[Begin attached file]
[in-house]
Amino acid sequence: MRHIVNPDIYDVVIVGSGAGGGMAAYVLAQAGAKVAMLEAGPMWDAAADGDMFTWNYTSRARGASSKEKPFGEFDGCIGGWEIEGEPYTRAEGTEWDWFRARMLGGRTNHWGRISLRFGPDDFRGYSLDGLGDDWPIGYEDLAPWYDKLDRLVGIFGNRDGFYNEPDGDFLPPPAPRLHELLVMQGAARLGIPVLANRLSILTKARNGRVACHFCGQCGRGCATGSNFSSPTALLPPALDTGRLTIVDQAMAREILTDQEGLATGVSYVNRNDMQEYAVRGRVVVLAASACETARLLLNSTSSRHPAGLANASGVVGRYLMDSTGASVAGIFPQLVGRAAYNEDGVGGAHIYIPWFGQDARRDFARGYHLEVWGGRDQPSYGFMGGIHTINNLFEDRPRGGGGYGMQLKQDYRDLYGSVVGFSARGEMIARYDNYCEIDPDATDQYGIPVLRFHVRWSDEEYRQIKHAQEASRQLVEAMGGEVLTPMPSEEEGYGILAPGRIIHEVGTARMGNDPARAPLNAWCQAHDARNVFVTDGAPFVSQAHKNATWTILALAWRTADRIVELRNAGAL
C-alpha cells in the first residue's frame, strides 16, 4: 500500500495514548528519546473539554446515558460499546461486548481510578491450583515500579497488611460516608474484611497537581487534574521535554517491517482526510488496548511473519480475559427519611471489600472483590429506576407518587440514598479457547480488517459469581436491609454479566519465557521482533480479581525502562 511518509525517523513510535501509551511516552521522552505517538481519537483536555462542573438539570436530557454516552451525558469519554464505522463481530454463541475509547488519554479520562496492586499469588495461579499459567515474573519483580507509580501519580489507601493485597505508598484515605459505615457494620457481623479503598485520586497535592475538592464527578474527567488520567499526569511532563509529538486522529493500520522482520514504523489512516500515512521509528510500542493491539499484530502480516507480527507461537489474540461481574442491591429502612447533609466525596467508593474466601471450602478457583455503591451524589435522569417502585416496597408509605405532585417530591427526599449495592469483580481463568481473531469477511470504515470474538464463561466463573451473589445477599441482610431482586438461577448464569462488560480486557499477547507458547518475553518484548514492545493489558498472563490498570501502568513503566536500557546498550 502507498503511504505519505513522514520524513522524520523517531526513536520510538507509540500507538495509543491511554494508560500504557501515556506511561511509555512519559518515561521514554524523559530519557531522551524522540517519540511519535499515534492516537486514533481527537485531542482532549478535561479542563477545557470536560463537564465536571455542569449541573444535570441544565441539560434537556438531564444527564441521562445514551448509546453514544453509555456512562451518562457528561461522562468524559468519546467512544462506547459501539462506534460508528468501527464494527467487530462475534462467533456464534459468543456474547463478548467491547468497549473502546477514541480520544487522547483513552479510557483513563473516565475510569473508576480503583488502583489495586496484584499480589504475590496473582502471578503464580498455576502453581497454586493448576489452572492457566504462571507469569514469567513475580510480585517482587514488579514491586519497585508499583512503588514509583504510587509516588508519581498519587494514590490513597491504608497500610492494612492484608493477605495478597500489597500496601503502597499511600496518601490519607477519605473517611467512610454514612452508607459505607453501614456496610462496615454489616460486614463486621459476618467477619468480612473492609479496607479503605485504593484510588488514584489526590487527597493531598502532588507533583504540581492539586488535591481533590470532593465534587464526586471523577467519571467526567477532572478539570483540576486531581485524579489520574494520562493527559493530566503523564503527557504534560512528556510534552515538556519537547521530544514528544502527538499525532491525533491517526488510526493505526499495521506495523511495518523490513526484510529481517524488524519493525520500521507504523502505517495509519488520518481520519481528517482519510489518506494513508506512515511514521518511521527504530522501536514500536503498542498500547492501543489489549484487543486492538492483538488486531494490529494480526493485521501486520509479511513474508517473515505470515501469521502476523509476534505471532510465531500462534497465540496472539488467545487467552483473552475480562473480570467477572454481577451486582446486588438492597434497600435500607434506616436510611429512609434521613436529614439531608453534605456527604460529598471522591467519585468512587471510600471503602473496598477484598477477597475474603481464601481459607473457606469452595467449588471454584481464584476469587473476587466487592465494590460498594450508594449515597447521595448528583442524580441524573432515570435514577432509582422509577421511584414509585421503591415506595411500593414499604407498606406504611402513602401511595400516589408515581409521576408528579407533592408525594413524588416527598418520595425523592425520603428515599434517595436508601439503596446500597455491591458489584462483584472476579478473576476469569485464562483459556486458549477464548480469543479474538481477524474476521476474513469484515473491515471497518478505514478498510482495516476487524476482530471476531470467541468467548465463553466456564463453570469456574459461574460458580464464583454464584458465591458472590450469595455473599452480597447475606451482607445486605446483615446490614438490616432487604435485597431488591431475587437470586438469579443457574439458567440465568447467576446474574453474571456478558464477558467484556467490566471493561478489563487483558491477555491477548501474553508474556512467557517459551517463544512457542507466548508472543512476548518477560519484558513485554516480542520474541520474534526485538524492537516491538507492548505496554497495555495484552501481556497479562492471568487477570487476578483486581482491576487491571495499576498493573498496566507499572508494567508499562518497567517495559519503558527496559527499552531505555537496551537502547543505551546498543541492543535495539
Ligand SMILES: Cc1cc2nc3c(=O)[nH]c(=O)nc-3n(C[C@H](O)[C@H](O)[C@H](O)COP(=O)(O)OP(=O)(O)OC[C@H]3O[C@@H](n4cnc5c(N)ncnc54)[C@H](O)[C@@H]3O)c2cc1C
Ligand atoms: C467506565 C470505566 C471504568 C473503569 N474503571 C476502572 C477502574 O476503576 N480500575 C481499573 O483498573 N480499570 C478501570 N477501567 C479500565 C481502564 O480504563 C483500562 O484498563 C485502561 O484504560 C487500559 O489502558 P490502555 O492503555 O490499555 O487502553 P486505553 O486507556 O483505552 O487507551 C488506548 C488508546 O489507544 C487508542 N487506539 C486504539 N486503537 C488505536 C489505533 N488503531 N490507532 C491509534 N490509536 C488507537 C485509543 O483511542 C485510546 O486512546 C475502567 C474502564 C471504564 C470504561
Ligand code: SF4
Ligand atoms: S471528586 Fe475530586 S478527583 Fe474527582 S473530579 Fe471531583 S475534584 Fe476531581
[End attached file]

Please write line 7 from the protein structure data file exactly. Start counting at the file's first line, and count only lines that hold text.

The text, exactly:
Ligand atoms: S471528586 Fe475530586 S478527583 Fe474527582 S473530579 Fe471531583 S475534584 Fe476531581